Good evening, Ms Merton.
Thank you for your kind words.
I completely agree. I have noticed that through still being sensual my wife's emotional attitude towards her surgery and her capacity to be desired.
You have so many good points and I appreciate your much thought of advice and information.
Have a beautiful evening.
Thank you for your lovely message and for your invaluable information! Your husband sounds like a real rock for you.
I do also believe that listening and being aware on an emotional level is very important.
Have a great evening.
Ed - what a caring person you are. And also v sensible to ask the "experts" in having BC! Great advice from Mary. Unfortunately BC treatment can make you feel v unattractive, esp if you have mastectomy and/or chemo. Continuing to make your partner feel attractive and loved during the treatment process (as I am sure you would anyway) is a massive help. Don't shy away from looking at surgery scars etc and be clear that you still think her body is beautiful. Try to still do romantic things together. Dinners, flowers, trip to the theatre/cinema, maybe a night in a nice hotel. If she has chemo, she may feel emotionally fragile as a side effect of the chemicals. Understand these moods are chemical-induced and cannot be controlled by the patient. Do not let anyone tell her to "be positive" or other such "cheer up love" statements. If you can give or get some help with household chores that would be excellent. Since having BC I get my shopping delivered and have hired a cleaner. I know not everyone can afford that but if you can I would recommend it. I have also found counselling and yoga invaluable. Best wishes. I am sure you will come out the other end stronger than ever.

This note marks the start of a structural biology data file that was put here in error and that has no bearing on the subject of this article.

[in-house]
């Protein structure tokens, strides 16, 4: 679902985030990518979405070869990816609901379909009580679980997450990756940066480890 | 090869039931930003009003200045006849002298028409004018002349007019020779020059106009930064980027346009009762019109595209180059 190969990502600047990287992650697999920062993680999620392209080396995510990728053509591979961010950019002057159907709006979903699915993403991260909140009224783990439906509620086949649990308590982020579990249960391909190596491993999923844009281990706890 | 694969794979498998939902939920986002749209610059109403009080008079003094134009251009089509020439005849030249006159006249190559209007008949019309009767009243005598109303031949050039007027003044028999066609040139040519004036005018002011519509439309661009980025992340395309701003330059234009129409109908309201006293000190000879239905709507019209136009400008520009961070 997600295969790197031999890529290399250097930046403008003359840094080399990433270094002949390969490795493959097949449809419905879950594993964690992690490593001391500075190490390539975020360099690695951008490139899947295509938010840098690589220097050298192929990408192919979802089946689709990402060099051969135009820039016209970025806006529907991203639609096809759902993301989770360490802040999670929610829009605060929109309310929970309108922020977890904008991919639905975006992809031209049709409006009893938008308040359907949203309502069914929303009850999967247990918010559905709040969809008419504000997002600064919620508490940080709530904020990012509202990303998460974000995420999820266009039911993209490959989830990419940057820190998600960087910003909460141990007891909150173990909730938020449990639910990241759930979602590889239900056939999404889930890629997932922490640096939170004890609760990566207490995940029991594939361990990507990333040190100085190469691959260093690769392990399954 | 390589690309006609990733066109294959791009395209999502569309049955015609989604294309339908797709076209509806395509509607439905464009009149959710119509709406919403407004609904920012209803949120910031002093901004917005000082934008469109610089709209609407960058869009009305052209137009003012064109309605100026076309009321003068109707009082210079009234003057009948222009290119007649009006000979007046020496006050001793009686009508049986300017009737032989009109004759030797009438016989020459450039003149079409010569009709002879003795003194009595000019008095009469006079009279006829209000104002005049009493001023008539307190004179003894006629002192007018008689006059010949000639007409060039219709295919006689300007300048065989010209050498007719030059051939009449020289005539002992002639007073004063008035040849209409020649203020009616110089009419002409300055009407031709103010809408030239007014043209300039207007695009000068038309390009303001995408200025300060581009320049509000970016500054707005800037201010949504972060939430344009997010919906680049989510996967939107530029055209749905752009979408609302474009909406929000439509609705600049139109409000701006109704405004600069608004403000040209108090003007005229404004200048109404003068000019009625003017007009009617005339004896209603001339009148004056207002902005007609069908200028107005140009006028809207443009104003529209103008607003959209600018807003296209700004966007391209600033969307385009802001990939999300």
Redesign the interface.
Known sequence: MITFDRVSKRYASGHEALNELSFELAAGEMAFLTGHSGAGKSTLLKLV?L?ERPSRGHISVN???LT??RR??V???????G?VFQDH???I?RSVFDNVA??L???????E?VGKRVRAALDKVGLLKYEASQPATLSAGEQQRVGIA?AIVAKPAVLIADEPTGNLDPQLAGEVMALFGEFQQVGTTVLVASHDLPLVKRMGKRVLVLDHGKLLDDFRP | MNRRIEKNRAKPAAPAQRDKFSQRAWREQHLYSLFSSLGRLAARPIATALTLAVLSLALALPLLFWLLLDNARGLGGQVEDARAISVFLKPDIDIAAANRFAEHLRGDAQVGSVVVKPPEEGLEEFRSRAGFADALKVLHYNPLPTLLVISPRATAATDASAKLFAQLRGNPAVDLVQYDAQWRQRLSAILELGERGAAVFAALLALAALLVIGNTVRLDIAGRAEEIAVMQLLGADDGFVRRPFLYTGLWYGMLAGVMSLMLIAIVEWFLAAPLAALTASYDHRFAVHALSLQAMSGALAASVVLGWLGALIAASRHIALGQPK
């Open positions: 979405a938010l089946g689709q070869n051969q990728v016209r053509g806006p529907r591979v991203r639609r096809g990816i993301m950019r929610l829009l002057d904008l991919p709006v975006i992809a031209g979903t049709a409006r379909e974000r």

I have just finished active treatment and I wouldn't have got through it without my husbands support he was my place of safety and sanity, I would say sometimes just listen to your partner they will be the best one to let you know whats needed,, sometimes a hug is all it takes, try not to be the strong one all the time it's ok that you are upset or worried as well it helped me knowing that I didn't need to suppress my feelings for my partmer, we cried as well as laughed together, try to attend appointments etc an extra pair of ears is invaluable.
Encourage your partner to join a forum on here there is lots of emotional and practical support from everyone. BCC have lots of information that you can download although steer clear from the less savoury websites stick to this one, Macmillans or the NHS.
I would say that there is light at the end of the tunnel and you will get there together.
Hugs and Best Wishes
I'd like to know if anybody would be so kind as to give me some advice and suggestions as to what a man can do to be valuable to his partner during breast cancer.
What are the best things to do and not to do so that you feel completely supported and that you both can learn and come out the other end stronger?
Thank you kindly.